A Donegal-based shark conservation group are preparing a public campaign to call on the Government to legislate for the protection of the basking shark and their habitat within Irish waters.
The call for protection comes on the back of years of research and study on the iconic animals at Malin Head and the Blasket Islands, Kerry.
The Blasket Islands is the constituency of Jimmy Dennihan the Minister for Arts, Heritage and the Gaeltacht who has “ignored” a request from the conservation group to legislate.
The Irish Basking Shark Study Group have undertaken five years of study on the animals and their findings indicate that Ireland and in particular Malin Head and the Blasket Islands are two of the most important locations for the endangered species throughout the whole Atlantic Ocean.
Historically, the basking shark was important to coastal communities along the western and northern seaboard, especially in Counties Galway, Mayo and Donegal where it was hunted for the oil obtained from its liver. Target fishing for the basking shark was only stopped in EU waters in 2007. They are still fished in international waters for their huge fins which are used to advertise the sale of shark fin soup. Since their founding in Greencastle in 2009, the Irish basking shark study group have encouraged coastal communities to adopt the basking shark as a totem for the wider marine environment and use it for marketing and tourism purposes.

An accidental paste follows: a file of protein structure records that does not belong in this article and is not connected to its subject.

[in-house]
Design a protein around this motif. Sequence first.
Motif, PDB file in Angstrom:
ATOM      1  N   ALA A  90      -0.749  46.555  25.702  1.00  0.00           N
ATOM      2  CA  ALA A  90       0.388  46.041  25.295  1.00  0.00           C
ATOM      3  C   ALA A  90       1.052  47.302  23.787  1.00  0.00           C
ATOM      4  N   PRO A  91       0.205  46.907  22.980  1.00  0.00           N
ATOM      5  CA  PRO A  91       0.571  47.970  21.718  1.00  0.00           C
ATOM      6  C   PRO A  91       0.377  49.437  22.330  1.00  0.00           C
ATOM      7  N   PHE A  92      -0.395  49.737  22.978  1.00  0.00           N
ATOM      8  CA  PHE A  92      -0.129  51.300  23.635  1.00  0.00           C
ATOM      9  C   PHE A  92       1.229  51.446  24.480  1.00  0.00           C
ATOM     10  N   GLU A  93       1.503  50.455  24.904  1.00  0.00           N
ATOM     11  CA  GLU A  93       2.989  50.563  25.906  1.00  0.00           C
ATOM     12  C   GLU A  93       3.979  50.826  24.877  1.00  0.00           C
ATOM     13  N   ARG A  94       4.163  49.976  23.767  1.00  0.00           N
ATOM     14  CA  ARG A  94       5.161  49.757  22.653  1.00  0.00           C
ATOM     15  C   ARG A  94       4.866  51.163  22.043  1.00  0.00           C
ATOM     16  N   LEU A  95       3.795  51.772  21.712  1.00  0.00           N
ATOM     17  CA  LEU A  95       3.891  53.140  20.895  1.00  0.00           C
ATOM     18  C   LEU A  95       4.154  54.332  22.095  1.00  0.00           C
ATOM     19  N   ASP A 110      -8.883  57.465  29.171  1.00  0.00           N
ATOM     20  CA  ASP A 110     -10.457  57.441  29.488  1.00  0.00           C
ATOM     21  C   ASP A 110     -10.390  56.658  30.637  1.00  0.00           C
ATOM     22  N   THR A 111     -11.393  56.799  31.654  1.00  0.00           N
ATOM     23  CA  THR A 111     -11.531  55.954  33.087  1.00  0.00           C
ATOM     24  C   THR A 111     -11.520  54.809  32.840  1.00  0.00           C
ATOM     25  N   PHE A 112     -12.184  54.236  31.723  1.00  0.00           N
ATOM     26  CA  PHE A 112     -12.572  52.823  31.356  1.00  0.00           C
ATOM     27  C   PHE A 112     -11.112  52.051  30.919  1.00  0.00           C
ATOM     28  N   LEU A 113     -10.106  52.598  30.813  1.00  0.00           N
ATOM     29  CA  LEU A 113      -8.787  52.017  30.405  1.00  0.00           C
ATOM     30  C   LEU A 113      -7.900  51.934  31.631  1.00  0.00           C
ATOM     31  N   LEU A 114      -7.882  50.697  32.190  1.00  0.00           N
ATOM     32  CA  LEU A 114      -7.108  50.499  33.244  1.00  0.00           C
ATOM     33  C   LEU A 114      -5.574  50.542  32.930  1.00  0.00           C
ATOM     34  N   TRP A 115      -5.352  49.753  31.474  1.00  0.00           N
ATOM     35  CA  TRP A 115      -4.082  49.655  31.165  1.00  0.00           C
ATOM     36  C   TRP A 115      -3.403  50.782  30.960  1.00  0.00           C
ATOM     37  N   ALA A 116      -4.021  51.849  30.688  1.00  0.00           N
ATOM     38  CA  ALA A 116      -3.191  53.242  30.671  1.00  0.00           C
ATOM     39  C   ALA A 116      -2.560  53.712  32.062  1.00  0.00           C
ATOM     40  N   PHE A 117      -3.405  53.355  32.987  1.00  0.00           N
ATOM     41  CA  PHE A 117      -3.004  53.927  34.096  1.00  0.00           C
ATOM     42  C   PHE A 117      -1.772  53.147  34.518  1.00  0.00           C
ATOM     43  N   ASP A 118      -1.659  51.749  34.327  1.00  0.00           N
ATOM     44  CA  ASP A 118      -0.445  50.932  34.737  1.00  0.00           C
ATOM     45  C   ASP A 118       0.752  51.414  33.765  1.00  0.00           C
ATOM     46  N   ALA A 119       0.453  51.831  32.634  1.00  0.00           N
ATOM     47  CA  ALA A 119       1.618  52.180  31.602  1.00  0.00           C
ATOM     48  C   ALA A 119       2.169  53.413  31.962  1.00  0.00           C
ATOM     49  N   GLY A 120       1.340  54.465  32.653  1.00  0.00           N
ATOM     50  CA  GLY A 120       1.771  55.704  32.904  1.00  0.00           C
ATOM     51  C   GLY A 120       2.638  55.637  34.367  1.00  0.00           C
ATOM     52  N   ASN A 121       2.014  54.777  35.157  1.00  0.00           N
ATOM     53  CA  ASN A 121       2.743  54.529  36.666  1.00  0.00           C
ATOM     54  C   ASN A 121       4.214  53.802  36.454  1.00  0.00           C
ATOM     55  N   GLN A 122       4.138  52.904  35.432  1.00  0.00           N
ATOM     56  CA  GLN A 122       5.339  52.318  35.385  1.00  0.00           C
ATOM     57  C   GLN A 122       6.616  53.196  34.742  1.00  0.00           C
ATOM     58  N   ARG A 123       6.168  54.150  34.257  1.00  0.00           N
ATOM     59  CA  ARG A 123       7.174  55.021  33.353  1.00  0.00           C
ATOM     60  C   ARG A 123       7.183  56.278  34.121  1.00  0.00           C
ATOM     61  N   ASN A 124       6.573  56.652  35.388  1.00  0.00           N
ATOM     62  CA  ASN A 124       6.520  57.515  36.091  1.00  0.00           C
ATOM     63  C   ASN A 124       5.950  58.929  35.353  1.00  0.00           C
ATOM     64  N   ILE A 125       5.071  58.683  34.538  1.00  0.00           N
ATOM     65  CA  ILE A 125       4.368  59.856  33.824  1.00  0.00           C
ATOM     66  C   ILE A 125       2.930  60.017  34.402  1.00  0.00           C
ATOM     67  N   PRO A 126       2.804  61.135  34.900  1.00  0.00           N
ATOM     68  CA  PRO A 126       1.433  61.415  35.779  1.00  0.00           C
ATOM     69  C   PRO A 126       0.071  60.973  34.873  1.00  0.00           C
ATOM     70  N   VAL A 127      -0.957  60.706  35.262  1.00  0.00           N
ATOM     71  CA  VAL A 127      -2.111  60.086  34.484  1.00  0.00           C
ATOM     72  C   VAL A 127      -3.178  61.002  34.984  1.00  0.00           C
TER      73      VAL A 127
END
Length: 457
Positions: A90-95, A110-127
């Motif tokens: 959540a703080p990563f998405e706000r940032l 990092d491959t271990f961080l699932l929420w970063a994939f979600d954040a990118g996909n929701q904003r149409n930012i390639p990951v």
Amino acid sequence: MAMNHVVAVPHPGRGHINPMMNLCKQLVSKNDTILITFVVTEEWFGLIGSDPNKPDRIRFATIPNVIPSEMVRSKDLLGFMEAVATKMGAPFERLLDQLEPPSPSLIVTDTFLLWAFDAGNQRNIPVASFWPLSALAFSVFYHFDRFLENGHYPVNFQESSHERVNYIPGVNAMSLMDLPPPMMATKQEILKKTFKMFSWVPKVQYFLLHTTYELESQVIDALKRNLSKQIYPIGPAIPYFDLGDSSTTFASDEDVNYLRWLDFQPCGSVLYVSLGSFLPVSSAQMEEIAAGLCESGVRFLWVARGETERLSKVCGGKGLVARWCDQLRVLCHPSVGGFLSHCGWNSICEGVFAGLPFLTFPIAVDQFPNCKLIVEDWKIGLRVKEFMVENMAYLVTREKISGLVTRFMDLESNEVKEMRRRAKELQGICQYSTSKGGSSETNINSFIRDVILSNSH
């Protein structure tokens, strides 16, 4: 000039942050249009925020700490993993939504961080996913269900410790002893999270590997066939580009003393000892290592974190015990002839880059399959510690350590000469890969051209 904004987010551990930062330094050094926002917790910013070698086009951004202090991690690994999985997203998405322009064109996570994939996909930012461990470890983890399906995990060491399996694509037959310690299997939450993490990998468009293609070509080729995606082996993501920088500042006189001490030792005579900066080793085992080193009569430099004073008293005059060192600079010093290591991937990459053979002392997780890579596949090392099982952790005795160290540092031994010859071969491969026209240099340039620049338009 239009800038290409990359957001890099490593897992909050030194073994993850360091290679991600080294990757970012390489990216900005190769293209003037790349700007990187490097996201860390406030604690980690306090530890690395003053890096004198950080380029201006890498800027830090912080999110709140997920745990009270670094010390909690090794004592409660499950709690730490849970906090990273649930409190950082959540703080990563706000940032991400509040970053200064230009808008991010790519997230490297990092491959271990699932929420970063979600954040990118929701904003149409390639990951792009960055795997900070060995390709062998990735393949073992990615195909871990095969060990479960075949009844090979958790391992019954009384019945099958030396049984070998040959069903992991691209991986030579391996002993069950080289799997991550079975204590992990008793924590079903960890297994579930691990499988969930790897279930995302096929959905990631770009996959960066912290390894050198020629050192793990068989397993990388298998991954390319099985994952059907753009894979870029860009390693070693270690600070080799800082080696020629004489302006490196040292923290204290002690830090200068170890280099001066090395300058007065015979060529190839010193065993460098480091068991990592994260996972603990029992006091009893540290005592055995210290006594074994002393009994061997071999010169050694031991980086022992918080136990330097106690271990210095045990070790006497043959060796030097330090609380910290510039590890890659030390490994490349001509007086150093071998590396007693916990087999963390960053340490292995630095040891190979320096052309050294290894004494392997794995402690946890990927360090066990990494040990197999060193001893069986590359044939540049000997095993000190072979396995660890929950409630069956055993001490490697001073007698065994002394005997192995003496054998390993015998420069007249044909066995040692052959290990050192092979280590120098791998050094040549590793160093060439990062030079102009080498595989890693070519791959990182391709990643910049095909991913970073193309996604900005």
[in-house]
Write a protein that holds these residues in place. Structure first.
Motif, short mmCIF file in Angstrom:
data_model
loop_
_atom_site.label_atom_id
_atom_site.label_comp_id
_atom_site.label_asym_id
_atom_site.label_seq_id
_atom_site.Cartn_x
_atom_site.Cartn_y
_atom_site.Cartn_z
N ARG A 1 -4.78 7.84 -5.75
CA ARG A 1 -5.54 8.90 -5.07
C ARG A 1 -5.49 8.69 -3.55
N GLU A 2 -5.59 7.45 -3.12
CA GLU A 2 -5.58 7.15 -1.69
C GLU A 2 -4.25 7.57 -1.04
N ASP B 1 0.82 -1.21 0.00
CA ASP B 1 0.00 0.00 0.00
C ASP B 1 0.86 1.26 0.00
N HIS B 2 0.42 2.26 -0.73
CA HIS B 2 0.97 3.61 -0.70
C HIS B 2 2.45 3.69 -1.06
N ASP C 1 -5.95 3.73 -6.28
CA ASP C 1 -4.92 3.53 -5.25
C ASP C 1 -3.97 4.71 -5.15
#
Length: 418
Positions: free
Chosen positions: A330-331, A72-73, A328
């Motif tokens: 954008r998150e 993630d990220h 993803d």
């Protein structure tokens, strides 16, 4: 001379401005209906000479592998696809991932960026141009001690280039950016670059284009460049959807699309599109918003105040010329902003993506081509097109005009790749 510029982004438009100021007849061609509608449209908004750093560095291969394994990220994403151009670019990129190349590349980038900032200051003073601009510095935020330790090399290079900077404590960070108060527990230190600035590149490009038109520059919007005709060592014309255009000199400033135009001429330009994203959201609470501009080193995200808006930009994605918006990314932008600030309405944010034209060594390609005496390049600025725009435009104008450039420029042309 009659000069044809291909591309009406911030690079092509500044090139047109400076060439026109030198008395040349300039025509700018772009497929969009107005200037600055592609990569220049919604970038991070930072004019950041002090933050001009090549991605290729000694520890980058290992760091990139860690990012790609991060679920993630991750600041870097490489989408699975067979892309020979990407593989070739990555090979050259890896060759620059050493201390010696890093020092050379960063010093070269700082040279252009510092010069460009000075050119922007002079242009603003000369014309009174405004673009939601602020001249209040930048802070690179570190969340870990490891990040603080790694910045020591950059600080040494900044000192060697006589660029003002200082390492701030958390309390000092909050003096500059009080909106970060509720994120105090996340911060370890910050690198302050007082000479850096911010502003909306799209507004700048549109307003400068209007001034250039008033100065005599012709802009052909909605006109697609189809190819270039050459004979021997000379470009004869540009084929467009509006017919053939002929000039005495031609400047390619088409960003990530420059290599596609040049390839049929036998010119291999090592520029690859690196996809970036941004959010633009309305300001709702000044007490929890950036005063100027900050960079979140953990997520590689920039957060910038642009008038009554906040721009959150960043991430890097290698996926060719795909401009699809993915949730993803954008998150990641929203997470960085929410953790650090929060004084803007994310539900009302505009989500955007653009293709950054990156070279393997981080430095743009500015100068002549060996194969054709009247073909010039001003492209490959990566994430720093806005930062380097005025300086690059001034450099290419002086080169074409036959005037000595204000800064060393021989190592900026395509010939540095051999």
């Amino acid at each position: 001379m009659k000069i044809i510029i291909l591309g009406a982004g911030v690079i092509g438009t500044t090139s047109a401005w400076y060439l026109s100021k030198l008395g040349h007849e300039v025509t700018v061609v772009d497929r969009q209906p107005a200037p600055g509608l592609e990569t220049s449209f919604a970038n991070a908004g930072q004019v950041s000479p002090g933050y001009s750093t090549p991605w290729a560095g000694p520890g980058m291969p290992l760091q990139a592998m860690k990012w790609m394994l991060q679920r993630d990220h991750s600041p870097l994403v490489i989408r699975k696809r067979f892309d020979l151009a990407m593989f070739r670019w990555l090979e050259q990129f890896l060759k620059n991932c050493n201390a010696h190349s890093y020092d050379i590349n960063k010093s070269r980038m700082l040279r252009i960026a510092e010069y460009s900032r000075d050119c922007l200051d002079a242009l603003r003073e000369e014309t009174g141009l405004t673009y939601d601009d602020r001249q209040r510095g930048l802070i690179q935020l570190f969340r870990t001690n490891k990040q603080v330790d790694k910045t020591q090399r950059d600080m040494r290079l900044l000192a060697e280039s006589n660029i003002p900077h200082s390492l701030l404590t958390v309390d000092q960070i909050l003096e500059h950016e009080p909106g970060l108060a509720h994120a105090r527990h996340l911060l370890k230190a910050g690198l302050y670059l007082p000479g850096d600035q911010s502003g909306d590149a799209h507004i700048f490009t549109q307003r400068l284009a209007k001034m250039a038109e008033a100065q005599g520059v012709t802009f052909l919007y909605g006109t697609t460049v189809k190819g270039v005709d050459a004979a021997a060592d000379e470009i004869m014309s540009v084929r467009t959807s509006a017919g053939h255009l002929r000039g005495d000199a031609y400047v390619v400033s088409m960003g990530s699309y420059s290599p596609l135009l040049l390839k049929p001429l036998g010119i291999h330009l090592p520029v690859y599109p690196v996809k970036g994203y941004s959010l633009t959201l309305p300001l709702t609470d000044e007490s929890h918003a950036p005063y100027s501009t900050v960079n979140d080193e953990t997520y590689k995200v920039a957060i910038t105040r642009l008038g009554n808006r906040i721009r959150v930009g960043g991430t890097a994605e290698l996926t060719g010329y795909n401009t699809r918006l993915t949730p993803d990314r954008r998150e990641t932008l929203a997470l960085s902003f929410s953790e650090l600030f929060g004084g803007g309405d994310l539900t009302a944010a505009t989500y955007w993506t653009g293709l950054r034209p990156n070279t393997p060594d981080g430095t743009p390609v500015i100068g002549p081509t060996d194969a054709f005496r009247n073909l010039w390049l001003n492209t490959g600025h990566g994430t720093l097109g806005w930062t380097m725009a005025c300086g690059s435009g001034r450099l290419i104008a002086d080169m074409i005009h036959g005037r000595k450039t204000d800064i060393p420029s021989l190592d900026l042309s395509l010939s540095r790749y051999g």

Marine ecologist with the shark group Emmett Johnston said: “Our recent research findings have revealed that Irish waters, in particular the waters around Malin Head, constitute a core surface habitat for the species during summer months. The basking shark is a true oceanic citizen which respects no territorial boundaries, it has a unique place in Irish maritime heritage and we are privileged to have access in Ireland to such an inspiring animal. However with this opportunity also comes a responsibility to ensure its protection and safe passage whilst in Ireland’s waters “.
The basking shark, and their coastal habitats, are awarded full protection under the UK Wildlife and Countryside Act and its equivalent in Northern Ireland, but it has no legal protection in the Republic of Ireland. Ireland is required as a signature of the BONN and OSPAR conventions to legislate for protection of the species but has failed to do so thus far.”
The group is now preparing a public campaign with other Irish and European conservation organisations.